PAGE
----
Thursday, March 17, 2011

Eat, Horse! EAT!

Last night was Lilly's first official night on pasture board. So was it a success? Of course not! This is Lilly we're talking about.

First of all, she lost her shoe at some point during the night. She was wearing her bell boots and still managed to rip off her left shoe anyway (the good hoof). The damage wasn't too bad, and my farrier came out this evening and put one back on. So instead of riding, I spent the morning searching her pasture for a lost shoe... unsuccessfully.

The BO told me that Lilly ate about half her grain this morning and then tried to steal her pasture buddy's food. When they chased her off she just left her grain and went off to eat grass. So the problem with this situation is going to be that she's not locked up in the stall with her grain at night to snack on. That means there's a good chance she won't be getting nearly as much grain, or supplements.

So I realize it was only one night, and she will need some time to get used to the new routine, but I'm not hopeful that this is going to work either. From what they said, she was calm and content, but just didn't have an interest in her grain after eating about half of it. There's some other reason she's not eating and I don't know what it is yet, but we can probably eliminate anxiety.

The BO thinks that cutting her feed back is the answer... you know, I guess because then I can't complain that she's not eating all her grain. Just cut back the amount she's not eating and voila! No more issue! He thinks she's just not hungry, but 2 lbs is really not that much to eat at a time, and I've never had a problem getting her to eat grain. What horse turns down grain even if they're not hungry? And not hungry for 6 weeks?

He also seems to be very tired of me bringing up the fact that the grain is different. Not only is it a different color, but the pellets are a different size. I don't need a lecture about soybeans and corn to know that she's not eating SafeChoice. Either way, it sounds like he's only going to get it from TSC from now on (and hopefully he doesn't fill the barrel with Strategy).

My next experiment is with her supplements. She's on a supplement for her coat and skin called Nu-Image, and while the description says 'crumble', it's really more of a sawdust texture. She's pretty picky about powdery stuff and perhaps she's just developed an aversion to that...? So tomorrow the BO is going to feed all her supplements excluding that one, and see if she has more interest in eating.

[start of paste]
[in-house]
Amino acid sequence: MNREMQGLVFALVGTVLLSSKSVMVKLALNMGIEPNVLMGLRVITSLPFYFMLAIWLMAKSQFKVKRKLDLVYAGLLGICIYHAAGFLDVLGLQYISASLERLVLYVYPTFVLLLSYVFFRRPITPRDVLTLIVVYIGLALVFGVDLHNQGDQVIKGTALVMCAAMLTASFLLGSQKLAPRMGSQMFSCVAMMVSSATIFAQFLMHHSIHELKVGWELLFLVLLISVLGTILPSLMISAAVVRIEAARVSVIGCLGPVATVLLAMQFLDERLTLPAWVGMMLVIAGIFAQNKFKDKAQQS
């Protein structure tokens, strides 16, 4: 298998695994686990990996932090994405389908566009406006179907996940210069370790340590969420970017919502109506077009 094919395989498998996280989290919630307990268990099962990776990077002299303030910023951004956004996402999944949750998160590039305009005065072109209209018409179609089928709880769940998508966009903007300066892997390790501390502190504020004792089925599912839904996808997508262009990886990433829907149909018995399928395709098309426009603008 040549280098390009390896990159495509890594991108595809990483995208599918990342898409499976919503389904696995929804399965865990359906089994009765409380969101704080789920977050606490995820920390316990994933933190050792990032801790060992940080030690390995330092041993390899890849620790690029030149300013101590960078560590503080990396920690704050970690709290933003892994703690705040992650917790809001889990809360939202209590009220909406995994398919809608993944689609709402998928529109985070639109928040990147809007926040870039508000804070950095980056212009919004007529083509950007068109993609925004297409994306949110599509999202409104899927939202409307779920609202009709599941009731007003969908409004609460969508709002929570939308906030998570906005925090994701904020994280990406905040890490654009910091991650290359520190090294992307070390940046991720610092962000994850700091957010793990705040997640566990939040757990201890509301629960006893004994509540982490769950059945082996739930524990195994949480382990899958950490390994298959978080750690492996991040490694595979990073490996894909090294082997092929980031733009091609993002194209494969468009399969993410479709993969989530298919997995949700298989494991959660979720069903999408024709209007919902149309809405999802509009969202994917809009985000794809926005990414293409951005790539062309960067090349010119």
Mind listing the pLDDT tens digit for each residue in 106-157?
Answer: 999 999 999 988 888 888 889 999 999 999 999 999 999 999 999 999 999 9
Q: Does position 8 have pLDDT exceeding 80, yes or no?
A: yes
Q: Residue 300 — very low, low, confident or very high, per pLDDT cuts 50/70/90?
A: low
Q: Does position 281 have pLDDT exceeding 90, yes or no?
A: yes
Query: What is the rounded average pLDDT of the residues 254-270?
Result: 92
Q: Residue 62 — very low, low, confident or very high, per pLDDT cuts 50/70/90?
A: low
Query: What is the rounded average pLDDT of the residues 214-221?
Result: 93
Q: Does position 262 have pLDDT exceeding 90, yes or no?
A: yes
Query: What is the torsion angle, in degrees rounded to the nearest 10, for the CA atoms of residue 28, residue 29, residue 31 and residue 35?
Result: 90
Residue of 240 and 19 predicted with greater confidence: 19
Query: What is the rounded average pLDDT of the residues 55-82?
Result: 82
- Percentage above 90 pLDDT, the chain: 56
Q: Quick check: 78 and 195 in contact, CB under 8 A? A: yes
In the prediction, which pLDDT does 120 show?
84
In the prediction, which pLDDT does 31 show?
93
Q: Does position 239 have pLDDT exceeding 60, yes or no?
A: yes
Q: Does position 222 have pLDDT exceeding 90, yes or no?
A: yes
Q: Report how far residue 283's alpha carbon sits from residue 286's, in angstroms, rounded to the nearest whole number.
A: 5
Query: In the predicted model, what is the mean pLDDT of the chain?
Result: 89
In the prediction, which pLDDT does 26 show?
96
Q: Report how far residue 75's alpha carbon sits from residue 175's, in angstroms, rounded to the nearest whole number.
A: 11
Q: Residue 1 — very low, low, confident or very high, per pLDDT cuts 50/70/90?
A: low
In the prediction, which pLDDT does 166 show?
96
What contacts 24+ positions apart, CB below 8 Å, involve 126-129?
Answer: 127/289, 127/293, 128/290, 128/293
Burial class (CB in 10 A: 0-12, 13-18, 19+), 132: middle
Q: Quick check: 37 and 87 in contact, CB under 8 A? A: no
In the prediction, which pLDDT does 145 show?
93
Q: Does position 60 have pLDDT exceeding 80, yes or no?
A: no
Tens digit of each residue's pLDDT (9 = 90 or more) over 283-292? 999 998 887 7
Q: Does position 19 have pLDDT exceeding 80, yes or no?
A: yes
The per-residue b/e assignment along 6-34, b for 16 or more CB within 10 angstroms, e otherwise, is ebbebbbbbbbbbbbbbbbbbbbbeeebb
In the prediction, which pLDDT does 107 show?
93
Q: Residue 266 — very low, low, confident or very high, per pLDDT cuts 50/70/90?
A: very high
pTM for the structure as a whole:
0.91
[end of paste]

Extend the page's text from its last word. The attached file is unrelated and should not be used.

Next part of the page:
I'm grasping at straws...

11 comments:

  1. Oh Lilly...

    What if you take out all the supplements and just give her the SC? Will she eat that? Maybe try that for a week and then see about adding supplements back one at a time - if one supplement is causing her to go off her feed, you'll know which one it is.

    What if you switched out her grain for a beet pulp or a small flake of alfalfa? Horses don't really NEED grain. I still feel guilty because I don't feed mine any grain right now, but you know what? My hard keeper is fatter than ever. Plus those two items are foraged-based and easier for them to digest. Worth a try?

    Finally, a thought on shoes and growing out her feet. I realize that barefoot isn't for all horses, but barefoot horses tend to grow hoof a lot faster than shod horses. If you pulled her shoes and maybe purchased a pair of Renegades, it might help the damaged hoof grow out faster and you'd have the added benefit of her not ripping shoes off all the time. Just a thought!

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  2. Could it be the supplements? I don't know what you feed but I've know horses to only eat half of their feed because their trying to eat around the supplement(s).

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  3. Thanks, Jen... I apprecaiate your suggestions because they get me thinking!

    Her evening grain is supplement free sometimes (unless the BO adds that to her dinner) and she seems disinterested in that as well. I don't know that taking the Nu-Image out is going to do any good either, but I'm thinking maybe because of the powdery one she's decided that she doesn't like it anymore.

    I've thought about the beet pulp too, but when I was feeding it to AJ she didn't have much interest in it. Do you feed yours a vitamin supplement since they're not eating grain?

    And as bad as it sounds, I don't know that the BO would let me feed alfalfa hay... he is anal about the hay that comes into the barn because of rogue seeds that could ruin his pastures. Maybe I could do cubes instead.

    I would LOVE for Lilly to be barefoot! I'm so sick of her losing shoes I could scream. Her feet are much better than they used to be, even my farrier commented that they're much stronger and not as soft as they used to be so maybe we're moving toward being barefoot. I'd probably have to wait until the fall when I don't have shows to pull her shoes, but I'm definitely thinking about it now.

    Thanks, Mare! She's been on the supplements for a while now, but I am starting to rotate those out and see if there's one she doesn't like. I think maybe it's the powdery one, but I really have no idea!